Biden earmarks $500M to expand a dozen US tech hubs

The Biden Administration announced on Tuesday a second funding initiative worth $504 million to commercially expand twelve regional technology centers, already endorsed as part of the government’s Tech Hub development program.

The administration launched the US Tech Hubs Program in October 2023 to invest in already established tech-centric locales in an effort to supercharge the nation’s critical technology ecosystem.

The program, managed by the US Department of Commerce’s Economic Development Administration (EDA), aims to advance America’s global leadership in vital emerging technologies over the next decade, which in turn, will strengthen national security and accelerate long-term sustainable economic growth, the agency states.

The twelve hubs slated to receive the “implementation grants” were chosen by the EDA out of 31 technology hubs originally designated in Phase 1 of the flagship initiative.

The Regional Technology and Innovation Hubs will ensure that the “benefits of future industries – from artificial intelligence and clean energy, to biotechnology and more – are shared with communities that have been overlooked for far too long,” said US Vice President Kamala Harris.

The Vice President listed off several examples including “rural, Tribal, industrial, and disadvantaged communities.”

Altogether, the 31 tech hubs have secured over a thousand commitments and $4 billion in investments – expected to foster “meaningful public policy changes” in their industry sectors and regions.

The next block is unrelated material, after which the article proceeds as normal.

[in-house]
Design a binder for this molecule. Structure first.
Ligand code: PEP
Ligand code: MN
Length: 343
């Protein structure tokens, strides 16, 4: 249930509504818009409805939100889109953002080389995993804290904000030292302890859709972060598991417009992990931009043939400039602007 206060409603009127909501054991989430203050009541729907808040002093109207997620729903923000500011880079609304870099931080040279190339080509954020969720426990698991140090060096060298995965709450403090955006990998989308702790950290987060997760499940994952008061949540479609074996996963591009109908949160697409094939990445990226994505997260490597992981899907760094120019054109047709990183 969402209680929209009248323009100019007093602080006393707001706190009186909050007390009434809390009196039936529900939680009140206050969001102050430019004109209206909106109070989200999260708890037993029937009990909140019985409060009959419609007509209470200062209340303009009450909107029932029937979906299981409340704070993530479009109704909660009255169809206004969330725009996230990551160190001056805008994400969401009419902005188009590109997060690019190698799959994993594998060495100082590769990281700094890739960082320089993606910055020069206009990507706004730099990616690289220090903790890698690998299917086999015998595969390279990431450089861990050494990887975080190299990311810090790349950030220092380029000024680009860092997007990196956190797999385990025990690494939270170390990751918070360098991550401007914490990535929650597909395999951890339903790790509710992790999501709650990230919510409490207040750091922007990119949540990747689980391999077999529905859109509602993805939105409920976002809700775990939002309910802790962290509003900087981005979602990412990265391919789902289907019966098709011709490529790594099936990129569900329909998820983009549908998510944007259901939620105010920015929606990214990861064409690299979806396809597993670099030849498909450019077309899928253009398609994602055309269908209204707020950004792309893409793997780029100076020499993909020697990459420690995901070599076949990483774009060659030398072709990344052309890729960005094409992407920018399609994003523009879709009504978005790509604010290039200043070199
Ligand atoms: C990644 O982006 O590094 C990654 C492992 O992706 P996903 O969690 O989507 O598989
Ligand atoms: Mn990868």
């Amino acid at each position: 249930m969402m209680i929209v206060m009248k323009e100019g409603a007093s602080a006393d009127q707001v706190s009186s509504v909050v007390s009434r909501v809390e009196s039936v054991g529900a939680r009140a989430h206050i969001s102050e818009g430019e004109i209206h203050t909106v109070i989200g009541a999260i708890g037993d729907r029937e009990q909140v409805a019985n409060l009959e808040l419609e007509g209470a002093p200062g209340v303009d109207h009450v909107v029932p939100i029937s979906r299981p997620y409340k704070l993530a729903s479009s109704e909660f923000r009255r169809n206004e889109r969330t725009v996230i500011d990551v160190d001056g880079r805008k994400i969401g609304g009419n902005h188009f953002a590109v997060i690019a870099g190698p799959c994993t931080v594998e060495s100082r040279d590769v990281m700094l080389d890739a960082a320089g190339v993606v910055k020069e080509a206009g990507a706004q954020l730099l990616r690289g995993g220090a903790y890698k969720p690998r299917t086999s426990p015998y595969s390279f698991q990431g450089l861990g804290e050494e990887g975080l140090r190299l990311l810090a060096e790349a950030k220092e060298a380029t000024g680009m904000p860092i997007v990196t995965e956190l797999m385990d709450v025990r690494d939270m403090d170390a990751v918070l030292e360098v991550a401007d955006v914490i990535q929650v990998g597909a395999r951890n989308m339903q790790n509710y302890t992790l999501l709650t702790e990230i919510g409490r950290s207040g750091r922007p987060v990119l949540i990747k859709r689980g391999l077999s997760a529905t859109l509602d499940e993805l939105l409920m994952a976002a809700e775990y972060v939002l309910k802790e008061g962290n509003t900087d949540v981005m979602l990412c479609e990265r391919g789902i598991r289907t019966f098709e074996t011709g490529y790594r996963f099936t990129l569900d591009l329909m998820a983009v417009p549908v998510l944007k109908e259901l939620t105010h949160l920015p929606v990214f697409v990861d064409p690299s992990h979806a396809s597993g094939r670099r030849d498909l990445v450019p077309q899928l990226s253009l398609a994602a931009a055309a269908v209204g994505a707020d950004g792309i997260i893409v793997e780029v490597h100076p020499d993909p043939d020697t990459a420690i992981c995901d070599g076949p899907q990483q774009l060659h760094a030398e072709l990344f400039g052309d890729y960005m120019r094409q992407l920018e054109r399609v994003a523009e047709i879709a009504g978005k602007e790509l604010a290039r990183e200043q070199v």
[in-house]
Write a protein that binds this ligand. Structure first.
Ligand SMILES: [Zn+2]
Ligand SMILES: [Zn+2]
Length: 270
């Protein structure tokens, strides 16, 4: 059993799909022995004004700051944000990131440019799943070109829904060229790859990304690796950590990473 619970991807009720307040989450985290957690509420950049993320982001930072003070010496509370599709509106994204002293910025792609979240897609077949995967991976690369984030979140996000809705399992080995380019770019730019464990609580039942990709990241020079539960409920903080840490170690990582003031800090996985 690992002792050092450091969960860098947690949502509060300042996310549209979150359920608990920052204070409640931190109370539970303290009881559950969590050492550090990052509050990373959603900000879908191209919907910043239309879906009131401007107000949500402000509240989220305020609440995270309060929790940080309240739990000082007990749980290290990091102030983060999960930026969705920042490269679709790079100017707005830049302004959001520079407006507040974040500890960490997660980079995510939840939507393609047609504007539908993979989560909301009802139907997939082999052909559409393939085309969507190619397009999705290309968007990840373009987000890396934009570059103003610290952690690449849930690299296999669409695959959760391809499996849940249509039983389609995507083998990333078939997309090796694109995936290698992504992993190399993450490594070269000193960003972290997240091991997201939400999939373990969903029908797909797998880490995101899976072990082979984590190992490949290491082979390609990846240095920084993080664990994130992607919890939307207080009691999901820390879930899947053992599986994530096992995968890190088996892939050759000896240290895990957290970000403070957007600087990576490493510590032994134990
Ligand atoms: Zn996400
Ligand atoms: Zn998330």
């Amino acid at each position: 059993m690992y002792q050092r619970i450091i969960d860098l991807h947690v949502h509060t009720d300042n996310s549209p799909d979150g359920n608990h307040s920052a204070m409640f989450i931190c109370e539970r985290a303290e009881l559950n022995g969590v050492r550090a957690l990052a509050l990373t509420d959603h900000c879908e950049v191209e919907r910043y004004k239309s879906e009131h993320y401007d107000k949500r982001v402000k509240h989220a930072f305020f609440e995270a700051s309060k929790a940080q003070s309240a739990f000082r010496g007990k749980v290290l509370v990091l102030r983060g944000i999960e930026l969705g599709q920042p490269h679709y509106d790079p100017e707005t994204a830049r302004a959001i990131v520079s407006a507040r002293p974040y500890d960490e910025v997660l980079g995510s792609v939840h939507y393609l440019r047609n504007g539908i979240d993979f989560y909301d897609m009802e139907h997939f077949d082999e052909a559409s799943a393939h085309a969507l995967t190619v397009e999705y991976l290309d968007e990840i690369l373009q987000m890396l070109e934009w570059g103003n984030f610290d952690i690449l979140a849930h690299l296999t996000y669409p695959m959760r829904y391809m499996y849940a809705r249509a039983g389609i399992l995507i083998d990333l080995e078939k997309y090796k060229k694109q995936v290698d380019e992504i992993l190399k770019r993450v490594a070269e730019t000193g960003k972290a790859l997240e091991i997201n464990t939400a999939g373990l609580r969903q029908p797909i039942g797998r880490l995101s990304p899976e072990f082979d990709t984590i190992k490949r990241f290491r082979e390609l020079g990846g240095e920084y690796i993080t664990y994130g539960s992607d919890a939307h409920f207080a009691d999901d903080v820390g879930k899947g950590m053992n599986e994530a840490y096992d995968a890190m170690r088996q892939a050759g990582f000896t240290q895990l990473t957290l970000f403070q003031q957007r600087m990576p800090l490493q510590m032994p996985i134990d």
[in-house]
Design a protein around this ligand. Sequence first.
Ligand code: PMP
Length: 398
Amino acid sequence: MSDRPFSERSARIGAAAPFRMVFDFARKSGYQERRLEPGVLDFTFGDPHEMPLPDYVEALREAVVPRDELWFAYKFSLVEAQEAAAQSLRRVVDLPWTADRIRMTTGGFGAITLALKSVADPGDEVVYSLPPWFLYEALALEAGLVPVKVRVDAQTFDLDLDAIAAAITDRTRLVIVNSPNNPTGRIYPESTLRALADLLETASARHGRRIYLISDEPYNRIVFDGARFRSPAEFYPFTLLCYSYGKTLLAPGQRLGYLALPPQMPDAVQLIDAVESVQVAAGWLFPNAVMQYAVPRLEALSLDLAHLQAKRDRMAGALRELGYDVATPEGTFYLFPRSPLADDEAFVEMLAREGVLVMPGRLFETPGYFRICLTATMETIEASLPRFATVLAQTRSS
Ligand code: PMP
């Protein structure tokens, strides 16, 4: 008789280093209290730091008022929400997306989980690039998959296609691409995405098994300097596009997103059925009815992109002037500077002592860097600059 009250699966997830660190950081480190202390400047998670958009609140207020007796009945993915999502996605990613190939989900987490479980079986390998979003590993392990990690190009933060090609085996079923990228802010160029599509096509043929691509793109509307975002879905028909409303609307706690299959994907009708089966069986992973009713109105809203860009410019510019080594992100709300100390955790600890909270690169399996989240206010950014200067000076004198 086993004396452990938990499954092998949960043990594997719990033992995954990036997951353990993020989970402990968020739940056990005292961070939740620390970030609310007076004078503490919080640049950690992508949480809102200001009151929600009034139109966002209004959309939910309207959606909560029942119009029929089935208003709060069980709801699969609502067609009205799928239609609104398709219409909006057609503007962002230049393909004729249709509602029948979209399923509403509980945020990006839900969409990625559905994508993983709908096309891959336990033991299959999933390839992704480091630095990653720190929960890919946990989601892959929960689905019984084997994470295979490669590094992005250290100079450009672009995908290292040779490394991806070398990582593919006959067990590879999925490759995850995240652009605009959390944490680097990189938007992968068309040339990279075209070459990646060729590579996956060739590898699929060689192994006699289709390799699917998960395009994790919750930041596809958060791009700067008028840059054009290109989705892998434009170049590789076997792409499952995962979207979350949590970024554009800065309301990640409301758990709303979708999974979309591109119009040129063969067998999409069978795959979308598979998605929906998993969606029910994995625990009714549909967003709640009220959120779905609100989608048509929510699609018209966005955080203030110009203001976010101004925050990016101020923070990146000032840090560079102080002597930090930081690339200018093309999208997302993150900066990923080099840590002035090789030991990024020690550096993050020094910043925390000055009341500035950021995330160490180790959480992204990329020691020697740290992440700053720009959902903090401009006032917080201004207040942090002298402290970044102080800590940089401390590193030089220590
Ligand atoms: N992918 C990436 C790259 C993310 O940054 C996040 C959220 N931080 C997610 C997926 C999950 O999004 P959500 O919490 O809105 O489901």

Tech Hubs Program map

“These Tech Hubs will give regions across our nation the resources and opportunities necessary to lead in the economy of tomorrow while creating good-paying jobs for American workers,” Harris said.

From autonomous systems, biofabrication, and climate-resilient infrastructure,  to quantum computing and semiconductor manufacturing, each of the twelve hubs was awarded anywhere from $19-$51 million to be used across various projects.

Located across 14 US states, here are the twelve Phase 2 awardees:

  1. Elevate Quantum Tech Hub (Colorado, New Mexico), Tech: quantum information technology
  2. Headwaters Hub (Montana), Tech: smart photonic sensor systems 
  3. Heartland BioWorks (Indiana), Tech:  biomanufacturing 
  4. iFAB Tech Hub (Illinois), Tech:  precision fermentation and biomanufacturing 
  5. Nevada Tech Hub (Nevada), Tech:  lithium batteries and electric vehicle materials 
  6. NY SMART I-Corridor Tech Hub (New York), Tech:  semiconductor manufacturing
  7. ReGen Valley Tech Hub (New Hampshire), Tech: biofabrication 
  8. SC Nexus for Advanced Resilient Energy (South Carolina, Georgia), Tech:  clean energy supply chain
  9. South Florida ClimateReady Tech Hub (Florida), Tech:  sustainable and climate-resilient infrastructure
  10. Sustainable Polymers Tech Hub (Ohio), Tech: sustainable polymers
  11. Tulsa Hub for Equitable & Trustworthy Autonomy (Oklahoma), Tech:  secure autonomous systems
  12. Wisconsin Biohealth Tech Hub (Wisconsin), Tech:  personalized medicine

As part of the CHIPS and Science Act of 2022, the entire Tech Hubs Program is slated to get $10 billion in funding over five years. Awards will be finalized in the coming months, the administration said.

Deputy Commerce Secretary Don Graves described the program as “a commitment to American economic prosperity and success.”

“These 12 awardees embody the innovation and creativity that can be found nationwide, boosting US manufacturing and bolstering US global competitiveness,” he said.